Friday, November 10, 2006

The Sad State of German Education

From today's WSJ, an editorial "Educating Germans" about Germany's poor and declining higher education system, partly because of the country's egalitarian federalism which promotes equal funding for all universities regardless of quality, to provide "equal" education across the country. Consider that:

1. Germans practically invented the modern research university in the 19th century, but today not a single German university ranks in world's top 50 universities (the University of Heidelberg ranks #58).

2. The concept of elitism is rejected in Germany universities, and academic mediocrity has been the predictable result. Just 20.6% of adult Germans have completed college, compared with an OECD average of 35%.

3. Most university education is free, and so students consider higher education a "free" service and not an investment in human capital, an attitude that has led to high drop-out rates and long years of study.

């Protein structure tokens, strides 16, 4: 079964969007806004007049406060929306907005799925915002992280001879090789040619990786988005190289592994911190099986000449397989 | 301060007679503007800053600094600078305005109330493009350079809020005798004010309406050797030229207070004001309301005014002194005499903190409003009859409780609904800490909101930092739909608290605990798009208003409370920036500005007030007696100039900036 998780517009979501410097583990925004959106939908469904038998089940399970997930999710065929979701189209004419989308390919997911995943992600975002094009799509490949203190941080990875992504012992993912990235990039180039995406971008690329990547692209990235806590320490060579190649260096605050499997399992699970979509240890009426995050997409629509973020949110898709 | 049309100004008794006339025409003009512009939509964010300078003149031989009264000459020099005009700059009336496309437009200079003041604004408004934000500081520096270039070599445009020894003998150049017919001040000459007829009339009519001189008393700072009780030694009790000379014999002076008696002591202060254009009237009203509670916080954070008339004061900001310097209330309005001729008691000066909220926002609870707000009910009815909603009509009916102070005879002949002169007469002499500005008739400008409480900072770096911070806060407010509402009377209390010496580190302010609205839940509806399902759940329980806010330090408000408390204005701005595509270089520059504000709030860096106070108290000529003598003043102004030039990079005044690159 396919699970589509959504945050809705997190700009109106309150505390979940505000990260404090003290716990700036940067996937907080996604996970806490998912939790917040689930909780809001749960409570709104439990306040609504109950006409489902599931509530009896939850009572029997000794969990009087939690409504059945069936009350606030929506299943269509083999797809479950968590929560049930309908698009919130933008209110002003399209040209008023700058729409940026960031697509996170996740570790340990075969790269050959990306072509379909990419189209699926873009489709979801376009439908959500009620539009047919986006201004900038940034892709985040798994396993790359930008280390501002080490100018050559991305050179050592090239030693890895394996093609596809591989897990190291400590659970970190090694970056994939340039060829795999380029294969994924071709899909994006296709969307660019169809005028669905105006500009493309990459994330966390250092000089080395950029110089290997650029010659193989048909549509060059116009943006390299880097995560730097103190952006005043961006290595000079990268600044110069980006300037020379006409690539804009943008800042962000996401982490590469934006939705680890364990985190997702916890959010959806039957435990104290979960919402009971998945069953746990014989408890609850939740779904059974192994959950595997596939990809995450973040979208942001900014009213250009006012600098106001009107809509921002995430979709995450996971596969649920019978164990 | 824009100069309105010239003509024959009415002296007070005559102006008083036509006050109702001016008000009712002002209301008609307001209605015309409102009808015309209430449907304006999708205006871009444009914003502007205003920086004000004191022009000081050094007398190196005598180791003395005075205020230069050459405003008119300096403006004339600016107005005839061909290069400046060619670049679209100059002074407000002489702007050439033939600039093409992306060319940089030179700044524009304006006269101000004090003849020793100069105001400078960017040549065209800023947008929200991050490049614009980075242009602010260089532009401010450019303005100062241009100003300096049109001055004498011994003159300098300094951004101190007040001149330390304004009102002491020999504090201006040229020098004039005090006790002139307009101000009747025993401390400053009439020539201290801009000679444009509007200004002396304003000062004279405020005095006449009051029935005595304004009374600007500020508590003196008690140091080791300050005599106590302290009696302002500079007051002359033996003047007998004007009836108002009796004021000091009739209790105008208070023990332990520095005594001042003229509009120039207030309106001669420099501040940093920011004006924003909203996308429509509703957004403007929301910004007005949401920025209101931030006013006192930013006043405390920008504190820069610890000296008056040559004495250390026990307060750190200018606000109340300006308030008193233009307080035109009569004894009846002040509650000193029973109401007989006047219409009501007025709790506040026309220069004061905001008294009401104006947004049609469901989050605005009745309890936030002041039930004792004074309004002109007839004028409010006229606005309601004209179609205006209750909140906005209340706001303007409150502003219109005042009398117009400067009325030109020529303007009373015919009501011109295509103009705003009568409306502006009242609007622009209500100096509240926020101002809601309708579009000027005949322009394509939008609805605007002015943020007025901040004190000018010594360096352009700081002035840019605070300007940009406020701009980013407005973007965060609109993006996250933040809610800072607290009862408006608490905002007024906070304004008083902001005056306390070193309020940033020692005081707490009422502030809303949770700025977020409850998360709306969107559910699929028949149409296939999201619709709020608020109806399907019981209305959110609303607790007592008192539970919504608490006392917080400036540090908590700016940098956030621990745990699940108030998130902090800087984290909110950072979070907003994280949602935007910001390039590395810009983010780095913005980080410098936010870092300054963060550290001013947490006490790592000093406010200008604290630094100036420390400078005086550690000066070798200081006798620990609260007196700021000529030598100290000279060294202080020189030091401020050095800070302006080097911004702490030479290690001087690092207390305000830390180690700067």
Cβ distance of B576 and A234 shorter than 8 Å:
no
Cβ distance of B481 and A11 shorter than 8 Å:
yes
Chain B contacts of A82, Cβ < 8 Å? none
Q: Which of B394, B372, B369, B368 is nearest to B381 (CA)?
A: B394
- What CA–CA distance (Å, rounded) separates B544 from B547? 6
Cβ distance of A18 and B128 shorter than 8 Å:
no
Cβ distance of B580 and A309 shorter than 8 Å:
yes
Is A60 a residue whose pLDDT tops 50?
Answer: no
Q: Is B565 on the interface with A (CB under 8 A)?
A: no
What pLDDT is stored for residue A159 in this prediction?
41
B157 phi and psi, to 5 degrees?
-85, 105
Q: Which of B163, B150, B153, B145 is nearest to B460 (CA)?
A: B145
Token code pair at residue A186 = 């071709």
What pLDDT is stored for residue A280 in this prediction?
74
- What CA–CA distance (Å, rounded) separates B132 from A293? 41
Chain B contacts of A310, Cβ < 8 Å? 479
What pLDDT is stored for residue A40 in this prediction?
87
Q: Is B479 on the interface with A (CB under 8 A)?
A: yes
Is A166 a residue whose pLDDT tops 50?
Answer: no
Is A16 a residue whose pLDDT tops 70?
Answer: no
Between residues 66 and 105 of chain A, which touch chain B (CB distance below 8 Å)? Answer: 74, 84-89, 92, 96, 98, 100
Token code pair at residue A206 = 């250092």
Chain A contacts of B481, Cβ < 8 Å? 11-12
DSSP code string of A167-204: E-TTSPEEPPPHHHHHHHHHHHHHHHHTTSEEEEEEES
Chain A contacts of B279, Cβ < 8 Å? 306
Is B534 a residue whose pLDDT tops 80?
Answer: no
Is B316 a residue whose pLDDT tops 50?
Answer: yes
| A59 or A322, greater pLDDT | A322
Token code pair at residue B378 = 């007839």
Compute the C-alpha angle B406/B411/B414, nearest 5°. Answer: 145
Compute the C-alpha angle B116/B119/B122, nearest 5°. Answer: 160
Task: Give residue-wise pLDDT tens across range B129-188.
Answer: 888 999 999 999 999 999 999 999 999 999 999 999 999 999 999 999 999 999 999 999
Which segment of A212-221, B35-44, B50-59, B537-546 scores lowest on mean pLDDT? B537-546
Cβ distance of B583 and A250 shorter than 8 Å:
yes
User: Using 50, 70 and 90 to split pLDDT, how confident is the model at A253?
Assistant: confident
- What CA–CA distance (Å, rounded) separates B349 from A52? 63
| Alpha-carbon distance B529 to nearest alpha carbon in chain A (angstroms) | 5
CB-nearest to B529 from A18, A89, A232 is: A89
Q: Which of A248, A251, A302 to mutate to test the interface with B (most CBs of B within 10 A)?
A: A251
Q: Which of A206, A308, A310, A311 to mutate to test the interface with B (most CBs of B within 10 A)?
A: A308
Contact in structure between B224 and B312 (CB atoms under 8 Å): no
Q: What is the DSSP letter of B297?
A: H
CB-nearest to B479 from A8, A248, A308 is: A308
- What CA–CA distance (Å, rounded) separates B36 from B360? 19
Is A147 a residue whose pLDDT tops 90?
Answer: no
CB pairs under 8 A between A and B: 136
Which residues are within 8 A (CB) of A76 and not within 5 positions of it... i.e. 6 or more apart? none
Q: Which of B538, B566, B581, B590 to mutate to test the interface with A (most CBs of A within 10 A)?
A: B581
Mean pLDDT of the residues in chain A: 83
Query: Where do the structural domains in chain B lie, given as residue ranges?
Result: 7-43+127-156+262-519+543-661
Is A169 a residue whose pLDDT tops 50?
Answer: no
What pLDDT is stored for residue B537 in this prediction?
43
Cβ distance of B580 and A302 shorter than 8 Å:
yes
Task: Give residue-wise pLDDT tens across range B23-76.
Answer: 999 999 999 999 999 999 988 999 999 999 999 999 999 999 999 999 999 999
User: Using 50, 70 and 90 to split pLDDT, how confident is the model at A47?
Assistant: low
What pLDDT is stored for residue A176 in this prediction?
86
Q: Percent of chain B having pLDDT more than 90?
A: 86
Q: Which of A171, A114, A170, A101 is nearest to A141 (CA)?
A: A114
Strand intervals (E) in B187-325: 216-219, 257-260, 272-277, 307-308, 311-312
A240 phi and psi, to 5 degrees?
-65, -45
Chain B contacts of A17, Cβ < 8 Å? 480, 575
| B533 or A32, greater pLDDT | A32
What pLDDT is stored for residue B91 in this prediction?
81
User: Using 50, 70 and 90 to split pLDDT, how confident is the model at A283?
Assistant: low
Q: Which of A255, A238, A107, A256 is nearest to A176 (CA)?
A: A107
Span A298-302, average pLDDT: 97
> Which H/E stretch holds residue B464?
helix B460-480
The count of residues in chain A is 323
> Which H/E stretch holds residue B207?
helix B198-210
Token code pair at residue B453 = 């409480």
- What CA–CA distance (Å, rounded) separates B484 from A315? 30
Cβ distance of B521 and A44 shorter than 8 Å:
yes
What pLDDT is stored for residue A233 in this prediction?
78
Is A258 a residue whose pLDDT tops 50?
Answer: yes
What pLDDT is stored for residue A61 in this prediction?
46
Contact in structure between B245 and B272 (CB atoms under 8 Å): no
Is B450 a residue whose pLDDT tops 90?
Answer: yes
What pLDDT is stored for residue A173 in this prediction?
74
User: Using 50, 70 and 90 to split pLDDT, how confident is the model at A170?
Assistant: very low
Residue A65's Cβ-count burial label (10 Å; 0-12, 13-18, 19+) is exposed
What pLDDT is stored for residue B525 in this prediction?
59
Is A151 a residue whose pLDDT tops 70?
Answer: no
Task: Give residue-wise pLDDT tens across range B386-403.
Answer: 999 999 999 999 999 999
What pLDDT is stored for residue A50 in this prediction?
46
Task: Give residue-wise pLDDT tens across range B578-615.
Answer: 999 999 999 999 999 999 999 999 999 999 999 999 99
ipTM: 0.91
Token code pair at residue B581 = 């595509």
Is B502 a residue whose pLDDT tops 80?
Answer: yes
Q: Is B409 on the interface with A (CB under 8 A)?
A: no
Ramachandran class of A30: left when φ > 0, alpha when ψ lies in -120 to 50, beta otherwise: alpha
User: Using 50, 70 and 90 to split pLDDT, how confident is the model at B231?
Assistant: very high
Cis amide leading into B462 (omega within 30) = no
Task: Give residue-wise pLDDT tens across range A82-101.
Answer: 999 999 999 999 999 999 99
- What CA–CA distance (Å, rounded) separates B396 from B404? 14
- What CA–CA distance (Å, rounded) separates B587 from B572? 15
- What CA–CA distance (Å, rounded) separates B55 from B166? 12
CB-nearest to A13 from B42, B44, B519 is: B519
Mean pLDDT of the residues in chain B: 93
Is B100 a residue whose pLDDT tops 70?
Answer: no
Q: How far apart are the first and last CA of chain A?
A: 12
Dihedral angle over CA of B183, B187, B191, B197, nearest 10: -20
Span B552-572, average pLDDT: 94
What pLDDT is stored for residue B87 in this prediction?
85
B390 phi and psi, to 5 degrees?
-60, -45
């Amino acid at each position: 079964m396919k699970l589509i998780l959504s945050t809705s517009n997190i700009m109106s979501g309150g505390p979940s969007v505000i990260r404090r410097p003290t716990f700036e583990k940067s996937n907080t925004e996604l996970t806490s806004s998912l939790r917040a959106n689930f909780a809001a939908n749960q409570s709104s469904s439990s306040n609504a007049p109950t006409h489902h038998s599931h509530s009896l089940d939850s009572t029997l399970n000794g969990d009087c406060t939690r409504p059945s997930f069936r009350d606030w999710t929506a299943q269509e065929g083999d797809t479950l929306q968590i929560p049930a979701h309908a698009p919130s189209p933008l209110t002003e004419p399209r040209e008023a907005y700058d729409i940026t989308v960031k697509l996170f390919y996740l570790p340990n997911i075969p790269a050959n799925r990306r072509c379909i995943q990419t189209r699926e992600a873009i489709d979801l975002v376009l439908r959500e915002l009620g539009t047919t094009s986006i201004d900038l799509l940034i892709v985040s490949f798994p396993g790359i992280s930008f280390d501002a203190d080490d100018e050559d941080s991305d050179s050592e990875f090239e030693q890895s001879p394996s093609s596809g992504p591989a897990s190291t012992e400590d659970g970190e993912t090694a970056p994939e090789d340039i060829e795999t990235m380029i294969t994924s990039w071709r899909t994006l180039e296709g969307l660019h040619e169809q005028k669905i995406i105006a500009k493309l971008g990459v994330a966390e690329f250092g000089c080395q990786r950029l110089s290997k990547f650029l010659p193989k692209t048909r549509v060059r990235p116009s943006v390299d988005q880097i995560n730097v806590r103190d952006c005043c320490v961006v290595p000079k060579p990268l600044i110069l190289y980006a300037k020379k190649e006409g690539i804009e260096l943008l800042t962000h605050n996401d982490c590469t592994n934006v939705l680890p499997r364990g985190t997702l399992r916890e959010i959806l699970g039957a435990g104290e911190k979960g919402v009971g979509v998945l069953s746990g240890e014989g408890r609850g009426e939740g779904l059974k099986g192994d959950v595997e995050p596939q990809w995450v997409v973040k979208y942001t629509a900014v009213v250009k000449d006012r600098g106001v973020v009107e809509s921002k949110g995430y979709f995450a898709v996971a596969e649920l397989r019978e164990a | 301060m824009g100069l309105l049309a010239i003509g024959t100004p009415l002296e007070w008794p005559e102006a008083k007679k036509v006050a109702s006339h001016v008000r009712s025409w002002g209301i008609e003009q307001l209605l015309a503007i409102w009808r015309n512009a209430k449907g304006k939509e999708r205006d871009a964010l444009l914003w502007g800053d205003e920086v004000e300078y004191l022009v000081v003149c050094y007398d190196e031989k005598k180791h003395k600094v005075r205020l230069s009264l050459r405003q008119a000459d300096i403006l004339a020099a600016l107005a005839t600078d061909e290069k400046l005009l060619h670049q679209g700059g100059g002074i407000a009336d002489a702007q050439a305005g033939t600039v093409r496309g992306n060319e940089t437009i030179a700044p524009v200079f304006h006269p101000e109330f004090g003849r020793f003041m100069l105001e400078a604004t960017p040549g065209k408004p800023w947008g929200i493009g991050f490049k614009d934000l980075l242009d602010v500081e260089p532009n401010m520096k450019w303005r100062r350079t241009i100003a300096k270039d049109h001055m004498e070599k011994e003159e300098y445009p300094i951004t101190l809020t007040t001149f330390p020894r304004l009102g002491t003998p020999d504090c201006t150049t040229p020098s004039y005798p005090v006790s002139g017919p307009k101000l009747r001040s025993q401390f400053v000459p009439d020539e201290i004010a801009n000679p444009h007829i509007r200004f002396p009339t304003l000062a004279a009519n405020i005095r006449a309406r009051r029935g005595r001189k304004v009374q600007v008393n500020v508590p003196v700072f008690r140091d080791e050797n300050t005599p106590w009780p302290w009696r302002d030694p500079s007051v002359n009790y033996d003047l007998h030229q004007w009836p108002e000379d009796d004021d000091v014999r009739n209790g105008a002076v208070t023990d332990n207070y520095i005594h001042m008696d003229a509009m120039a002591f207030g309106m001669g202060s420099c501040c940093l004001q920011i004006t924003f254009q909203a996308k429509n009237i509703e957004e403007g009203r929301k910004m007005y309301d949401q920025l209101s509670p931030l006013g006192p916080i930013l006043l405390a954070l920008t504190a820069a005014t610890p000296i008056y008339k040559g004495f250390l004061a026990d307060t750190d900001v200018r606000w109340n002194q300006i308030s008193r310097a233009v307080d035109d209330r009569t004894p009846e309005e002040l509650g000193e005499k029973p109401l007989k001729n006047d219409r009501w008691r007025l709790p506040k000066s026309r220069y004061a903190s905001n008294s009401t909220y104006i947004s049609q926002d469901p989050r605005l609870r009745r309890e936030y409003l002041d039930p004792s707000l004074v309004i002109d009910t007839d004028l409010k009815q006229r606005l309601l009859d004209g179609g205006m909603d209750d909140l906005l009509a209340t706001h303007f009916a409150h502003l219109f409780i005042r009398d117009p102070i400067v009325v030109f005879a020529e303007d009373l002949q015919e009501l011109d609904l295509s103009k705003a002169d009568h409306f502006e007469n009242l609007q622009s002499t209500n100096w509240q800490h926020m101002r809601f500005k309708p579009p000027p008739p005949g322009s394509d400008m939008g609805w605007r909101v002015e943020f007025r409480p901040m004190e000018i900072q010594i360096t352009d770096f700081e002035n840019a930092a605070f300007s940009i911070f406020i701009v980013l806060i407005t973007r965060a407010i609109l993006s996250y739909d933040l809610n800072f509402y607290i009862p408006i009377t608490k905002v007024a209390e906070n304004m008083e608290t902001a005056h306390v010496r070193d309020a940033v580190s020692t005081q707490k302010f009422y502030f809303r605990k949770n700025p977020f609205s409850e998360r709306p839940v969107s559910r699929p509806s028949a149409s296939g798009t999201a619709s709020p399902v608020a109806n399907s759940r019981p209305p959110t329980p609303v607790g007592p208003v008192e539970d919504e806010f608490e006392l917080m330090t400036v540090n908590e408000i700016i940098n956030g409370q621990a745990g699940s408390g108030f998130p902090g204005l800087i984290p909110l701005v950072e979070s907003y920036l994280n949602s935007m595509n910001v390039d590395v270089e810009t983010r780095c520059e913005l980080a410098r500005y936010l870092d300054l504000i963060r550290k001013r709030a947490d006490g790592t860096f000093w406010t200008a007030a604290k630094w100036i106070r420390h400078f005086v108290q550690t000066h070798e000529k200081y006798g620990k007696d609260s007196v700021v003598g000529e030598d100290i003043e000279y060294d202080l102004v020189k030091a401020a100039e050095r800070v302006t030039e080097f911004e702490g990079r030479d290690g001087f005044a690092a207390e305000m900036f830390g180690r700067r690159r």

4. The civil-servant status of professors makes it impossible to fire even sub-par academics.

In other words, insulation from competition has led to inferior and declining quality of German higher education. Sound a little like American public schools?

Conclusion: Competition breeds competence (those words have the same Latin root: competere), insulation from competition breeds incompetence.


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